Thursday, October 22, 2009

St Davids Dewi Sant - the grand opening

I was up and out of the house, armed with two fully charged cameras, and walking the streets by ten past nine this morning. Along the Hayes, some window cleaning and sweeing up was still going on as the media's TV cameras were being positioned. ITV's satellite relay van was down by the library and BBC's up in Hills Street. The Red Dragon Radio Car was parked in the shadow of the ever patient edifice of Mr Batchelor. I noticed this morning that he is portrayed smiling, almost Buddha-like. This is the third makover of the city centre since his heyday in Victorian times.

Miracles have happened overnight. No spaces to be seen anywhere, enclosed by Heras fencing, or plastic barriers. All clean and tidy, people able to roam freely, try out the new shiny black marble topped benches, hardly a hi-viz jacket in sight anywhere. What an achievement in just fifteen hours. Somebody told me that a thousand people were working into the night on various aspects of the preparation, contractors and shopping centre staff, all working together for a common outcome, an achievement all can take pride in.

The energetic young women of the SDC public relations team were all out and about, smartly dressed and made up, bright eyed and bushy tailed despite, as two told me independently, getting only two hours sleep the night before.

I made my way into the old shopping centre, checked in and ascended the escalator to access the Grand Arcade for the first time, and walk the two hundred yards to the intersection with the East West arcade, where opening reception was to take place. Already there were a hundred plus people there - council officers and members, Suits from London, SDC staff, contractors - all smartly dressed. A champagne breakfast had been laid on for those who hadn't taken time to eat before leaving home.

For me it was a special experience for one reason. Gathered in one place for this opening were many people that I've become acquainted with over the past four years of being involved with this project, from all sides of the enterprise. The makeover of the churchyard was the point at which I started to engage properly and get to know people, and from there many different connections have been made and initiatives taken. Politicians, project managers, promoters and administrators, every one a stakeholder in this huge undertaking.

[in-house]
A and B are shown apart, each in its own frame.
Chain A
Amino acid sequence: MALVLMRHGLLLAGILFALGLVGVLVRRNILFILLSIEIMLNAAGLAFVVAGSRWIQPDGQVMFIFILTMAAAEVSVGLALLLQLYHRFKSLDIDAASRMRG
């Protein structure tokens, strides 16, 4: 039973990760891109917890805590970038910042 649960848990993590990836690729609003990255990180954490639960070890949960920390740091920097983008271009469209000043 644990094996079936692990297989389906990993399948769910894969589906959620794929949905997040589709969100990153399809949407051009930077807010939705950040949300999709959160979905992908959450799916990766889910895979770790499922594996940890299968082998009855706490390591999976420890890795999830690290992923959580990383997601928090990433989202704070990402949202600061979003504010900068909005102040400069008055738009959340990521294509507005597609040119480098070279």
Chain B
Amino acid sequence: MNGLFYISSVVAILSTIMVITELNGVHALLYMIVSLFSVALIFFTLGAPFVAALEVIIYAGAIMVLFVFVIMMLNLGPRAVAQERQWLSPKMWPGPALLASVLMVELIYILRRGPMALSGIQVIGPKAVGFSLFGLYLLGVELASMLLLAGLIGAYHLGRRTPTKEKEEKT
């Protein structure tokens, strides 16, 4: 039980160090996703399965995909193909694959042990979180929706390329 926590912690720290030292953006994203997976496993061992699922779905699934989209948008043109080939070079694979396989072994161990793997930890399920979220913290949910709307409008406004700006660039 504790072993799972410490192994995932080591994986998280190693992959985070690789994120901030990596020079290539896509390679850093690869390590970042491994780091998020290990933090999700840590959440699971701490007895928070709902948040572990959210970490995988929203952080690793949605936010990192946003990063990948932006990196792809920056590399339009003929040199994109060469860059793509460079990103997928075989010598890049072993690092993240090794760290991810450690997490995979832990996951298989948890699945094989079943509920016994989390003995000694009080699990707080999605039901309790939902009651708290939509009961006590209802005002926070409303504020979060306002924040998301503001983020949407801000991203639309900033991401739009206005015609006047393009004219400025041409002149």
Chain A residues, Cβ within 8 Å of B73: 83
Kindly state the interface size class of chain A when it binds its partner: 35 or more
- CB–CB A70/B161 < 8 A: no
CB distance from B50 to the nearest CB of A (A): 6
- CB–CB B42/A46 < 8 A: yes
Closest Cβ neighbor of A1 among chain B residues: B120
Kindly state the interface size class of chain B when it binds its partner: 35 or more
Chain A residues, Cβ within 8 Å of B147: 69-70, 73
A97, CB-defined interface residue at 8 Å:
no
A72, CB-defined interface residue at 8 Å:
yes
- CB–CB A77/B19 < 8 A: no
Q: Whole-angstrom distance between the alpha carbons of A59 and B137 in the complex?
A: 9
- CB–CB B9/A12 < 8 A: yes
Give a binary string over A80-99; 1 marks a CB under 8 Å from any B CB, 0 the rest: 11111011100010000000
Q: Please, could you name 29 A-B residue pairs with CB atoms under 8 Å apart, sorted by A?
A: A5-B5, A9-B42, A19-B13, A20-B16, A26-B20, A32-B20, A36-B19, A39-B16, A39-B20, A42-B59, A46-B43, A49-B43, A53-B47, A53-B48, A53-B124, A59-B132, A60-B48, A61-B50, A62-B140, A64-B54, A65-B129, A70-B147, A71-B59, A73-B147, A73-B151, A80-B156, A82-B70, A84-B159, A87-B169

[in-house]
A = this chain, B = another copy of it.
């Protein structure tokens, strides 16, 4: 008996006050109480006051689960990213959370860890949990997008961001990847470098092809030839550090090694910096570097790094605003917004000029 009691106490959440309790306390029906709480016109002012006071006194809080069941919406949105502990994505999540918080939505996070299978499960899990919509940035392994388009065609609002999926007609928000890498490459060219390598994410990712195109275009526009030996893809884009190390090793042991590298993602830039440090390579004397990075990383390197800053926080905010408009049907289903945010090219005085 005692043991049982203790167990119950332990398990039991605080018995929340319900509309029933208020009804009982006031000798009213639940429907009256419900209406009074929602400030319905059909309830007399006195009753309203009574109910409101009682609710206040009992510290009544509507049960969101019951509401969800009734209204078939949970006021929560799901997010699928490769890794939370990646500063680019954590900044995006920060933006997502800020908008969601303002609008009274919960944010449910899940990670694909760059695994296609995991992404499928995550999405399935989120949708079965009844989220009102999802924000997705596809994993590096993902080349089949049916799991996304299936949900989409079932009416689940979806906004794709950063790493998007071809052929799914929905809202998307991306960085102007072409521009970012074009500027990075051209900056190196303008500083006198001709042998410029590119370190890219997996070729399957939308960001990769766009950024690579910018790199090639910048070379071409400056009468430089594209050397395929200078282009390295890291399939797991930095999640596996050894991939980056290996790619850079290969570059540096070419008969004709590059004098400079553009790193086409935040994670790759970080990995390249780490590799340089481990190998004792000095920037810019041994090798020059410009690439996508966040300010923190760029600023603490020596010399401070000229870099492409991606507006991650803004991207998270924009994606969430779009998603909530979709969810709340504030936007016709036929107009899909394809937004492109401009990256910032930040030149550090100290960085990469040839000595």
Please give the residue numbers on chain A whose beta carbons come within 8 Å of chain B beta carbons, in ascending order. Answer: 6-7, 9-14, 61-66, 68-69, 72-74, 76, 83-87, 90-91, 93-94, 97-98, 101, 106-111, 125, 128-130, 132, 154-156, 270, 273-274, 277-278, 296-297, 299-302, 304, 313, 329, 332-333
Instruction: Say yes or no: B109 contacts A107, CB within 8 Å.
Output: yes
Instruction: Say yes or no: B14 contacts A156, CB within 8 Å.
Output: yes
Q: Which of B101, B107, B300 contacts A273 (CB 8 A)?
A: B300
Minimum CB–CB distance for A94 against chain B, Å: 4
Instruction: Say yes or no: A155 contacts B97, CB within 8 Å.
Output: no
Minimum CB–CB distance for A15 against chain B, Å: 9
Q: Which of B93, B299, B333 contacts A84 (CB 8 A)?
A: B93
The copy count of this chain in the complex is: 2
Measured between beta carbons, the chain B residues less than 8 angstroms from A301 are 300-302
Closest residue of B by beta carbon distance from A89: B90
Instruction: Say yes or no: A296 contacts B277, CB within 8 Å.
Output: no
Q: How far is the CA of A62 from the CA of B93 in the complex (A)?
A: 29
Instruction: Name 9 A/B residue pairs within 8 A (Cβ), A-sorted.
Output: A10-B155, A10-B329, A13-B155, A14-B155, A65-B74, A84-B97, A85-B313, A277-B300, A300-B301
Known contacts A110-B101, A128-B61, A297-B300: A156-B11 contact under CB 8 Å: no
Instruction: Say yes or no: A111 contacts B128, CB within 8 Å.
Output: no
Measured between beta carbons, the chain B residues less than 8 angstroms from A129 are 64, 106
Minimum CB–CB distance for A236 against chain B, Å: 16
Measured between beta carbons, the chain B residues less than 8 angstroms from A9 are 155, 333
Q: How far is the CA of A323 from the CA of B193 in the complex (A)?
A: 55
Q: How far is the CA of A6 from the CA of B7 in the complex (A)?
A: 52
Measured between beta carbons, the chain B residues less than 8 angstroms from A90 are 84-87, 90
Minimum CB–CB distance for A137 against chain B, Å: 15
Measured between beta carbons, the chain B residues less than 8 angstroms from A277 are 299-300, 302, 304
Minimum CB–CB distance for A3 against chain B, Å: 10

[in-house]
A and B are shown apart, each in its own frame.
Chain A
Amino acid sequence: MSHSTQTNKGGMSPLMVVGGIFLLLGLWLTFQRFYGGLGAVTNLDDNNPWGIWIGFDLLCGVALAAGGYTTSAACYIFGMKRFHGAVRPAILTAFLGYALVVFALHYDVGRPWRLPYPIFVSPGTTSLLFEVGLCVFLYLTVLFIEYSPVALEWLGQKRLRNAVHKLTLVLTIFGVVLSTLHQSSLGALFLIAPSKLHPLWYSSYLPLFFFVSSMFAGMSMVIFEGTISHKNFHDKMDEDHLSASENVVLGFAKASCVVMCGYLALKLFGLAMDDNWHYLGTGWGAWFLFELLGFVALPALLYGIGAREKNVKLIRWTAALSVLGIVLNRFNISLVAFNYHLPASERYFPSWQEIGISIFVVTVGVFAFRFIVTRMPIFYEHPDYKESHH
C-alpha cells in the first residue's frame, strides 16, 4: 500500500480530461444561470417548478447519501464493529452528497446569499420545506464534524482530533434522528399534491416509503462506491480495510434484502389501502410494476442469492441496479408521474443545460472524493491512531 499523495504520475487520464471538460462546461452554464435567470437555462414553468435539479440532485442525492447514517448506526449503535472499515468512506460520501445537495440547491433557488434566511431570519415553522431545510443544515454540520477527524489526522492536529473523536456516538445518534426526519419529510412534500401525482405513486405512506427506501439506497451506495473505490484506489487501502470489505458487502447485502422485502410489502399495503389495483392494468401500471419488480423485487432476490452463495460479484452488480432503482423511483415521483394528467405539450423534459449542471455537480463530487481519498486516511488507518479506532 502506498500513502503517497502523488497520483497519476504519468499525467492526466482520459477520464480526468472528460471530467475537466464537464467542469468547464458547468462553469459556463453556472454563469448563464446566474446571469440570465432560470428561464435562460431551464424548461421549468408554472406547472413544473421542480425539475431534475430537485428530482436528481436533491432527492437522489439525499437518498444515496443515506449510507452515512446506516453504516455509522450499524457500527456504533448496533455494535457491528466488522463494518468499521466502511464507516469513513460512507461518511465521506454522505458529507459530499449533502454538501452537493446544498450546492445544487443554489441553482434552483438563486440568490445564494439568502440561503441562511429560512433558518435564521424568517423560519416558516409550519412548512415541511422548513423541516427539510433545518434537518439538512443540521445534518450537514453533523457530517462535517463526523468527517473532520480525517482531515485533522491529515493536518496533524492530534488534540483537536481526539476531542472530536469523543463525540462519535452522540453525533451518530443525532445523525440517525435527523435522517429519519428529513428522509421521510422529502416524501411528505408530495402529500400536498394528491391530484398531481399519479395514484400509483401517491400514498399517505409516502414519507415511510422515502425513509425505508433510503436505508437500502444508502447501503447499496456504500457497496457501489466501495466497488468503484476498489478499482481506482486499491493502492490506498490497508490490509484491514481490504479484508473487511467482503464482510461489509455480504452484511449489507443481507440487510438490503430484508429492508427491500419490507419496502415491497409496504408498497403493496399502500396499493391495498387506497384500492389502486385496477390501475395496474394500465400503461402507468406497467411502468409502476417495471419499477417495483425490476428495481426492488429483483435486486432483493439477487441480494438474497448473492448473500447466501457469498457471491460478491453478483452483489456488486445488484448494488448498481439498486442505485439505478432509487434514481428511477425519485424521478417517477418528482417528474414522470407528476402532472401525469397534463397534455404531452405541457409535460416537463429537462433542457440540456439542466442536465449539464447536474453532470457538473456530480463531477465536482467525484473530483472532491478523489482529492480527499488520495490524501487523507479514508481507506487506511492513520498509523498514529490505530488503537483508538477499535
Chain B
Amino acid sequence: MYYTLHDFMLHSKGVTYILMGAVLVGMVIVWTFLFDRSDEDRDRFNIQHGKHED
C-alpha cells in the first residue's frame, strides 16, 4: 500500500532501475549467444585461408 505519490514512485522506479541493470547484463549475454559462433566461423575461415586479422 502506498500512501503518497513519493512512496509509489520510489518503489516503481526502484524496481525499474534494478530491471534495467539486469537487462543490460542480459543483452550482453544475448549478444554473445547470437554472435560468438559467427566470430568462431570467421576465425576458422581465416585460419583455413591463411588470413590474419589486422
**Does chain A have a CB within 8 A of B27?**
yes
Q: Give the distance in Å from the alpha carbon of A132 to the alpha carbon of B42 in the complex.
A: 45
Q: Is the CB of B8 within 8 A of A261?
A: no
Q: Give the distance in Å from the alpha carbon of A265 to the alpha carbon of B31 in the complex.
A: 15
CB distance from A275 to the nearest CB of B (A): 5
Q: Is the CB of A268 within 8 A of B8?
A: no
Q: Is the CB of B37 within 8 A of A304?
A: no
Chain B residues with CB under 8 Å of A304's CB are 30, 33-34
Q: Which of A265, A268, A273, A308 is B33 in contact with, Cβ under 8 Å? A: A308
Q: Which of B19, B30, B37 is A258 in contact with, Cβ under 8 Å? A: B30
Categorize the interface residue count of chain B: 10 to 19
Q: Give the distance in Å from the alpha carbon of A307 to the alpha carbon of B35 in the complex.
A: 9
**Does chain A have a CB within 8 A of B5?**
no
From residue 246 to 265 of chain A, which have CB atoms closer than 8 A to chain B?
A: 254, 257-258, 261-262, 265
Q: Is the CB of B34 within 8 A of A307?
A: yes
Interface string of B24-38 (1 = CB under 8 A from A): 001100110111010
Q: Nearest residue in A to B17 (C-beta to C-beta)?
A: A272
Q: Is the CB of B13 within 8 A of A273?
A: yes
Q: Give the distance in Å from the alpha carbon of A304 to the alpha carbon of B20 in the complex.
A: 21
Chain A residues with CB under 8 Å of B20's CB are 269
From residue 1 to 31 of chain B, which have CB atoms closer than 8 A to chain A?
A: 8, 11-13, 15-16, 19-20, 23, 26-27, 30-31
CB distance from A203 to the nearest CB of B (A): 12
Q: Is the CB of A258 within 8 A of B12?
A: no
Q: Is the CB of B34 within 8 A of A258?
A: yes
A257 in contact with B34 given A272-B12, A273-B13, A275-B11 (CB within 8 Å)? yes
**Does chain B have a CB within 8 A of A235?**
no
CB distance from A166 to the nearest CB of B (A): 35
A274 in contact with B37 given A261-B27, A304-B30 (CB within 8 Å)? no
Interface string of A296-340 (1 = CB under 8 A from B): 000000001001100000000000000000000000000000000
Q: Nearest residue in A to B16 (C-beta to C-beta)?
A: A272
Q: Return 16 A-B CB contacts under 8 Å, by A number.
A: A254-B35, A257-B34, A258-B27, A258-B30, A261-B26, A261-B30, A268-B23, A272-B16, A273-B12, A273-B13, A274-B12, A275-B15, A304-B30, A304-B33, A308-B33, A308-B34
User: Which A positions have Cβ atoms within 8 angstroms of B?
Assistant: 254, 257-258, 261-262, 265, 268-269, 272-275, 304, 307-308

All I've been able to do is to accompany them on their journeys, understand the sheer complexity of everything as it has happened, and attempt to interpret it to those who haven't understood. I've been a kind of interested by-stander. My career and daily bread has not rested on any kind of responsibility for this great achievement of collaborative enterprise. The privilege of being a priest and pastor, literally at the 'edge of the centre' during this time, is that I've been able to tell the story of some of the things I have witnessed, and express some kind of appreciation for creative processes at work on a grand scale, as I continue to search for the deeper meaning and purpose it all.

I dislike the glib phrase 'cathedral of shopping', because it denies the market place its dignity as a realm of exchange and encounter, creativity and challenge. Too much theology expresses a kind of snooty bourgeois disdain for trade, oblivious of the honour acquired by anyone regarded as trustworthy or offering valuable service. The market place is a realm where people express faith in each other. It's a place of exchange between believers and non-believers of all religions and none. It's a place where people get to put their ideas of beauty, truth and goodness into practice. A place of action rather than of contemplation. Yes, a place where it is wise to reflect and contemplate on the significance of what is going on more often than relgious people do.

Anyway, musing apart. The doors opened on time, and the story is well told in media annals. At 9.30, the doors opened and hundreds of people rushed in through the Hayes Arcade entrance - the only one I could see from my vantage point, but I believe the other main entrances also opened at that time. Within minutes upstairs and downstairs were thronging with excited people, gazing into windows, taking in the grand vista. Far from resembling a cathedral, the Grand Arcade resembles a stylish railway station with its high arched glazed roof, which pays homage to the 19th century grand arcades of Milan's city centre retail heart. A place of departure, adventure, interaction, conviviality. And in every sense a place worth visiting. That's what it's built for.

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